How to Have Difficult Conversations

Apr 25, 2024 | Grant Writing

Image of two women talking over a cup coffee

I don’t know how you handle conflict, be it personal or professional, but my go-to modus operandi is avoidance. I’ve always been a peacemaker, and when things get uncomfortable for myself or anyone else, I will happily change the subject, crack a joke, or simply sweep things under the rug so no one’s feathers are ruffled.

For the longest time I thought I was doing everyone in the room a big favor. Turns out, I was part of the problem. Because when you don’t talk about the problem, it doesn’t go away. Sure, it may seem like you’ve moved passed it, but chances are, it’s still festering. And most likely it will reappear at the most inopportune moment.

Whether you are a grants division of one, work as a solo consultant, or have tons of colleagues, we all interact with others: board members, bosses, elected officials, clients, fellow consultants, and more. Figuring out how to have those difficult conversations is a skill we all need.

Here are a few tools I’ve learned over the past few years to help with difficult conversations.


When you know it’s going to be a difficult conversation, think about the three main points you want to make. Write them down. Don’t be afraid to refer to your notes to keep yourself on track.

It seems simple but it works.


This conversation may go as smoothly as possible. It could also fall off the rails. I find it helpful to think about the likely end results – ranging from a peaceful resolution to nothing being resolved. For me, it helps to prepare for it all.


Find a trusted friend, give them the basics, and ask them to play the part of the other person. This way you can practice using your notes and finding the right words and/or phrases to use. You can even ask the other person to play nice or dig in their heels.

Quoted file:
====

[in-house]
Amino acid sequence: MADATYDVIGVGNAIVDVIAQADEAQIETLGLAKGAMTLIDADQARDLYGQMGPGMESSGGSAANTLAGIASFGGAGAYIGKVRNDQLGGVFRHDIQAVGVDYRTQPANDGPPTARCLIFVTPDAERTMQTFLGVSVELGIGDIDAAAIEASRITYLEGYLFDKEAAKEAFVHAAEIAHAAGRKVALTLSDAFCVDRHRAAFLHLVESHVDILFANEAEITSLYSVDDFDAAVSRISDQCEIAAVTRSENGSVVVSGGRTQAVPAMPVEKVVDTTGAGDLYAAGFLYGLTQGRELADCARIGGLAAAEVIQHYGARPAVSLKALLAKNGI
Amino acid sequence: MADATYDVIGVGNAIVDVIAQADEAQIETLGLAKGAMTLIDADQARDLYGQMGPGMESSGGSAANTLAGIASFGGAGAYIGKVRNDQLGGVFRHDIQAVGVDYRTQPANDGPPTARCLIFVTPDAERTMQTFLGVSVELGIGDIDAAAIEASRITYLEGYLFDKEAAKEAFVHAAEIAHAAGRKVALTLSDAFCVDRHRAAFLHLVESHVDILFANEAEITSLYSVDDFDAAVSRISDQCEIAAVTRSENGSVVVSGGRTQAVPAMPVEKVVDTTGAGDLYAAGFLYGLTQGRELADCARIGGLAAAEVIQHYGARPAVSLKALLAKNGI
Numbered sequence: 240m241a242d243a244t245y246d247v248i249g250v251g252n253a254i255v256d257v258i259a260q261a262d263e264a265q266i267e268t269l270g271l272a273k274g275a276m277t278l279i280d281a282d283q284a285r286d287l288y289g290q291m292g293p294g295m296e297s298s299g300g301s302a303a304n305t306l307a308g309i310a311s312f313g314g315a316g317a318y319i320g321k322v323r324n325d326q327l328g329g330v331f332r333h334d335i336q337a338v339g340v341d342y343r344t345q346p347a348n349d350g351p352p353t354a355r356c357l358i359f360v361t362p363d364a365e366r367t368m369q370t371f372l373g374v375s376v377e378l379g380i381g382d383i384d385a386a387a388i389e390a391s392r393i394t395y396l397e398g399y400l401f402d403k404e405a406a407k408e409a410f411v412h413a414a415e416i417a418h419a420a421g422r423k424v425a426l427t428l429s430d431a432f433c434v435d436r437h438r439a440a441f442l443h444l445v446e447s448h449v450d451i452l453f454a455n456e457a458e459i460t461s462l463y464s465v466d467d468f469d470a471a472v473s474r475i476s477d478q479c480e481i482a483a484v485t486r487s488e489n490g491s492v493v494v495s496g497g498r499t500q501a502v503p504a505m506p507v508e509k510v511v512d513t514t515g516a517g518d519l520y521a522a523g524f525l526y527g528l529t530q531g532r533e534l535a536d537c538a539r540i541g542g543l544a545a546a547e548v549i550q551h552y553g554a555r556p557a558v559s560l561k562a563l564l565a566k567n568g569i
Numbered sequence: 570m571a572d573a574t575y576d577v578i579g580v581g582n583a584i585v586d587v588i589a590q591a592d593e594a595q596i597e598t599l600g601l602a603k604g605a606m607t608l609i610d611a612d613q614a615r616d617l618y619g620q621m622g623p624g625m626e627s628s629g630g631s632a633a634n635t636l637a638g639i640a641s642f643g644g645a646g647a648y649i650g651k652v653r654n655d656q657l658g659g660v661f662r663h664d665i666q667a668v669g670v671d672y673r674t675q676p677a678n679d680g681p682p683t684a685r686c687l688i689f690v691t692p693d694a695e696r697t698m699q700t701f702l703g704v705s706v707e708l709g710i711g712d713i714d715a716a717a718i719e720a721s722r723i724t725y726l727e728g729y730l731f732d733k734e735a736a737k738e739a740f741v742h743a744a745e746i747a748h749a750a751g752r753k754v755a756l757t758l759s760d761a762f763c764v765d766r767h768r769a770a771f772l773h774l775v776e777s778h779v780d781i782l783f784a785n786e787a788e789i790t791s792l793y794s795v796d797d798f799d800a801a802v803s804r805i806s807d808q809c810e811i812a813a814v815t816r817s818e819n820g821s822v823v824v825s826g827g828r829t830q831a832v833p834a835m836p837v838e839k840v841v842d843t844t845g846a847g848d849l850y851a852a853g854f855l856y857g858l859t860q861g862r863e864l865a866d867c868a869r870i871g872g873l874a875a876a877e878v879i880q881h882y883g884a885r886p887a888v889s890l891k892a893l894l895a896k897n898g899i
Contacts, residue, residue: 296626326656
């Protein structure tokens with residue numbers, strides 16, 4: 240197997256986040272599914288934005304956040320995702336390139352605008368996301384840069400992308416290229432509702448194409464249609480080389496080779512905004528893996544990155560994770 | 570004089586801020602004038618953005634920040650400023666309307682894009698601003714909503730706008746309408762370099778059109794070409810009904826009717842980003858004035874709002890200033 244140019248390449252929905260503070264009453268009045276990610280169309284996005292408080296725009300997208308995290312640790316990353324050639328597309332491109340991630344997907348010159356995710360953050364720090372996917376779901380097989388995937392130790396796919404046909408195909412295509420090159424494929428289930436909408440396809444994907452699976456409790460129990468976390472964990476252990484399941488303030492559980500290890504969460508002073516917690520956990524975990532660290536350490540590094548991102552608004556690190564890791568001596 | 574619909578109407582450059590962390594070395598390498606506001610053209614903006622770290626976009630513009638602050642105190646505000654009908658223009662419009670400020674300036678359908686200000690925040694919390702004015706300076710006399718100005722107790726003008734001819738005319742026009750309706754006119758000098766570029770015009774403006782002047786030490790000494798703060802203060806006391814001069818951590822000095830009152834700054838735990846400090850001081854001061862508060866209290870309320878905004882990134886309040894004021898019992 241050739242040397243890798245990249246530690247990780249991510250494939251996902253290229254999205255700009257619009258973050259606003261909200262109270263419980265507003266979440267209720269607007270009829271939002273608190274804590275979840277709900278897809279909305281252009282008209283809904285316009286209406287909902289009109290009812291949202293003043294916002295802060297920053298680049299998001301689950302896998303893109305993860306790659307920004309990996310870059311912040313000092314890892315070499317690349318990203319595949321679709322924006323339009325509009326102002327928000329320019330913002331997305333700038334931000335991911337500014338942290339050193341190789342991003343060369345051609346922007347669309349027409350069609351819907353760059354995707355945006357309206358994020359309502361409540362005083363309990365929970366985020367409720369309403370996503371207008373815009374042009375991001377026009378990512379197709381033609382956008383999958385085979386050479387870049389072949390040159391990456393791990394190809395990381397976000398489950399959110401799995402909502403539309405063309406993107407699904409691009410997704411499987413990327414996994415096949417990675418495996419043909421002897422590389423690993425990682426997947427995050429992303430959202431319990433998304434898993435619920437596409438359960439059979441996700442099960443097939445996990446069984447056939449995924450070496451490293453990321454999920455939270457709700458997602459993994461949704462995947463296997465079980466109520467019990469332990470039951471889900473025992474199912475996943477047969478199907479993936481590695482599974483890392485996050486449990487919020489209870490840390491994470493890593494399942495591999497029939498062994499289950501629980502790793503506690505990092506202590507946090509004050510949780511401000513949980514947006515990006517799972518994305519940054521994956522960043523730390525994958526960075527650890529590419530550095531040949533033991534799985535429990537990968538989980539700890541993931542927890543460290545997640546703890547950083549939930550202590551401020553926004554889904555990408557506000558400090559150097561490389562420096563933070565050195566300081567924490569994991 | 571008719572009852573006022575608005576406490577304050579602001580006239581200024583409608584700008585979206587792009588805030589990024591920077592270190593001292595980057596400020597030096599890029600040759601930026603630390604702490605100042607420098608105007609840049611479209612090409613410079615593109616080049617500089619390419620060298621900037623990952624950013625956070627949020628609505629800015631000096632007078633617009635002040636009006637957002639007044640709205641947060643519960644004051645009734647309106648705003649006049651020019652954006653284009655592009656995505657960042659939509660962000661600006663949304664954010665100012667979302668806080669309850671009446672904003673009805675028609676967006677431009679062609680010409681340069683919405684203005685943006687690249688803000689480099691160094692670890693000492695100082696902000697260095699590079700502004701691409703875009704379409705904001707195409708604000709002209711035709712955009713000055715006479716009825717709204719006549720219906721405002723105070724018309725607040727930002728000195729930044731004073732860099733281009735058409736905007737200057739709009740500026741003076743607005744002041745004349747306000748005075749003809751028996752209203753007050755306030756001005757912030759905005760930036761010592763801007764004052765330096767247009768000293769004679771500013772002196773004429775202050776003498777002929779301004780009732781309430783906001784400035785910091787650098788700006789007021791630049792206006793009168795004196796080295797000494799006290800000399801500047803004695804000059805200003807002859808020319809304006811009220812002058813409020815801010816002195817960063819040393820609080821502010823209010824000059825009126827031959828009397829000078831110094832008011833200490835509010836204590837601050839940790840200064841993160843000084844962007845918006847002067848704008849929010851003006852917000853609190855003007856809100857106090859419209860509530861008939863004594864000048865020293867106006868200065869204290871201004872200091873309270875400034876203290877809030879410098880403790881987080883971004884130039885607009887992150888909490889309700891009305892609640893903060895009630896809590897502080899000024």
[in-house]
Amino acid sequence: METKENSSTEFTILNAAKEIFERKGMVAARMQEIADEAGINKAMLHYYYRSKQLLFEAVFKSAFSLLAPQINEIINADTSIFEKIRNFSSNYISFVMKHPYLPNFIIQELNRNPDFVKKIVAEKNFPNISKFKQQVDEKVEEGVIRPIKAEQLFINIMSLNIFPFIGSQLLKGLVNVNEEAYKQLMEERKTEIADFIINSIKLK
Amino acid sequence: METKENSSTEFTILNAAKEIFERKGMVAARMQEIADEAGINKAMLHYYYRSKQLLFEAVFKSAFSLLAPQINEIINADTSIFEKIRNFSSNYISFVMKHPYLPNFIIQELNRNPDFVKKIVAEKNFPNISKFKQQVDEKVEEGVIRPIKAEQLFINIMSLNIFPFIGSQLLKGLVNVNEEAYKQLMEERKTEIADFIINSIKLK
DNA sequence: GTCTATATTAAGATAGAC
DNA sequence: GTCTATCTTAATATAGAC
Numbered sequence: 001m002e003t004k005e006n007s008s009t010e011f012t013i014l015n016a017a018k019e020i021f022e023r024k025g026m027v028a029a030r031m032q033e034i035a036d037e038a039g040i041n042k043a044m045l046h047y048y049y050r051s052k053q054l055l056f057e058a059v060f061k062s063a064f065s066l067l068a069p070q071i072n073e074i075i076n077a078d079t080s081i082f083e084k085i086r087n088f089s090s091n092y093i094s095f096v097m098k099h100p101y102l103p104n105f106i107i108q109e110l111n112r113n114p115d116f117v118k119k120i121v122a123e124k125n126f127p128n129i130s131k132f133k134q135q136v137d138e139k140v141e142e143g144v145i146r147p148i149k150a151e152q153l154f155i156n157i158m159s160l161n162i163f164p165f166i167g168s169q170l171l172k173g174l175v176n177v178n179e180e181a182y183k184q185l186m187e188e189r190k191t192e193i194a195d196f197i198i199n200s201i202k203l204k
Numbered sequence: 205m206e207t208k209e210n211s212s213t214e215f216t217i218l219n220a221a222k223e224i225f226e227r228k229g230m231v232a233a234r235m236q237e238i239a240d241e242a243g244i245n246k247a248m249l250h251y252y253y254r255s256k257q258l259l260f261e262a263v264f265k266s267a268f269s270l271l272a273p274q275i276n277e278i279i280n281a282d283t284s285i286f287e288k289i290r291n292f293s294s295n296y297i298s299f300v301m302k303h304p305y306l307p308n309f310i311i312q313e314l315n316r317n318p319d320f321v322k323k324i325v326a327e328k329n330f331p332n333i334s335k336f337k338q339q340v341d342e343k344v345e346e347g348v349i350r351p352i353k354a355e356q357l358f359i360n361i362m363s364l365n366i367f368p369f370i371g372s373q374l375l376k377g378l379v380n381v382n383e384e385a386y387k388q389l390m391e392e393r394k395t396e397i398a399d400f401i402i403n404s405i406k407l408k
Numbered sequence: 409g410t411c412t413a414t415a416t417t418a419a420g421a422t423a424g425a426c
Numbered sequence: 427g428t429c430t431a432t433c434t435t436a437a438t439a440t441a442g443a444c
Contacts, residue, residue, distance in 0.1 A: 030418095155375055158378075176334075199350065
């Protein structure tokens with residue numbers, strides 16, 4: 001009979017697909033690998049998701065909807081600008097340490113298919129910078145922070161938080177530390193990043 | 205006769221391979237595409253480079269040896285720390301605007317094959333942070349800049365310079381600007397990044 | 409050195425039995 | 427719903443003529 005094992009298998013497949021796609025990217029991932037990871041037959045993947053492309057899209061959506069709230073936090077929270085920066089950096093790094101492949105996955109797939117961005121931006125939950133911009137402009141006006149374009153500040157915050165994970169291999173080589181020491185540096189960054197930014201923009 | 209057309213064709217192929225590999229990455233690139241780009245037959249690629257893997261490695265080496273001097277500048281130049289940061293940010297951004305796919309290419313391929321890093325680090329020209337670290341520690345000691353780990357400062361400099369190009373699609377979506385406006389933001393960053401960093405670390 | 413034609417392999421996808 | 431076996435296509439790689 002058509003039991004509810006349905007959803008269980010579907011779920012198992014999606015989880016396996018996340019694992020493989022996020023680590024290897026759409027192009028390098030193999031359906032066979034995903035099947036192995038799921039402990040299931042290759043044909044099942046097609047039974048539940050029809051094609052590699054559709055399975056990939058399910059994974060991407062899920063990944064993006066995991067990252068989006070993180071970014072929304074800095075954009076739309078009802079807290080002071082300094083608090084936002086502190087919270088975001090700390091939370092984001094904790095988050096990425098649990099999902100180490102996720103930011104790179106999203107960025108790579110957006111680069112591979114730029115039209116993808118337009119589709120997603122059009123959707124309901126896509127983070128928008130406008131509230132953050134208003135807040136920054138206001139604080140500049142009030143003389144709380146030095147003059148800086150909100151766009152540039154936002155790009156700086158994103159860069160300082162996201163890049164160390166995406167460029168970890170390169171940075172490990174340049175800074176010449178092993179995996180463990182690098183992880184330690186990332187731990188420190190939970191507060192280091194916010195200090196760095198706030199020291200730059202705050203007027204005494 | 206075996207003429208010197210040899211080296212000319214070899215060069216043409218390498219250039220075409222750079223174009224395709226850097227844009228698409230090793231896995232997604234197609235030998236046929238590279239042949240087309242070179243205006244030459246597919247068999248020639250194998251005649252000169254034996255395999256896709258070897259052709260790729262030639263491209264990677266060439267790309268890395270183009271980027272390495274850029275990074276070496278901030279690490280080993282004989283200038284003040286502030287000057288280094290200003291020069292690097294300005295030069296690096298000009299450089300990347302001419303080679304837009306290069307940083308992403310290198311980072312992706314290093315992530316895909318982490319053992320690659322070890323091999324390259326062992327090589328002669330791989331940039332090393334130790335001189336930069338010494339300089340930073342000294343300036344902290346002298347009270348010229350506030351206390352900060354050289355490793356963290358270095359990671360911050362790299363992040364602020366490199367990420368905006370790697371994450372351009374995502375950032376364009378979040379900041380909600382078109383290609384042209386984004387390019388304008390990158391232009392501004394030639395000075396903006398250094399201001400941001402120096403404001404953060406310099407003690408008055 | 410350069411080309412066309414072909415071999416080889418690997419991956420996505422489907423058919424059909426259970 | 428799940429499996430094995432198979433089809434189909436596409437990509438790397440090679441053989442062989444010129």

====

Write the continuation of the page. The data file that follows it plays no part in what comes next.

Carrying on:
This is a conversation, which means you need to truly listen to what the other person has to say. It is okay to stand firm in your need to have the conversation, but if new information comes to light, it may alter the points you planned to share. And that’s okay.

New information may not change what you came to say. And that’s okay too.


I didn’t figure any of this out on my own. I had help over the years.

I often talk to trust friends and colleagues, especially those who are good at speaking up and standing their ground. Their advice, shared confidence, and willingness to practice with me makes all the difference.

Last year I worked with Charlisa Garg, a professional coach. Over the course of eight sessions, she worked with me on topics of my choosing. We spent time talking and working on time management, putting my focus where my passions like, and having difficult conversations. She taught me the strategy of writing down my main points and doing a practice run. This one-on-one focus was the perfect way to work on exactly what I needed. I love knowing that I can work with Charli again if needed and either pick up where we left off or cover totally new territory.

This year I completed the Dare to Lead training facilitated by Julie Boll. I cannot tell you how much Julie and this cohort of 8 nonprofit women meant to me. Together we wrestled with our own calls to courage, learned to write our own permission slips, and practiced having those tough conversations. I especially loved that the training gave us starters and tools for opening and wrapping up dialogue with others, particularly for those uncomfortable conversations.

Does this mean I’m an expert in difficult conversations these days? Far from it, but I am more likely to have them. Because whether we like it or not, difficult conversations are necessary at times, like when a boss doesn’t understand why you can’t write a federal grant all by yourself in three days, or when a colleague doesn’t meet the internal deadlines set for a project, or when a board sets unrealistic funding expectations, or when a fellow grant professional makes a snarky comment on a social media post.

Not every conversation will end the way I want them to, but I believe they are worth having. And the more I have them, the more courage I have to face the next one.

What helps you have a difficult conversation? I’d love to hear from you:

Amanda Day
Fundraising HayDay

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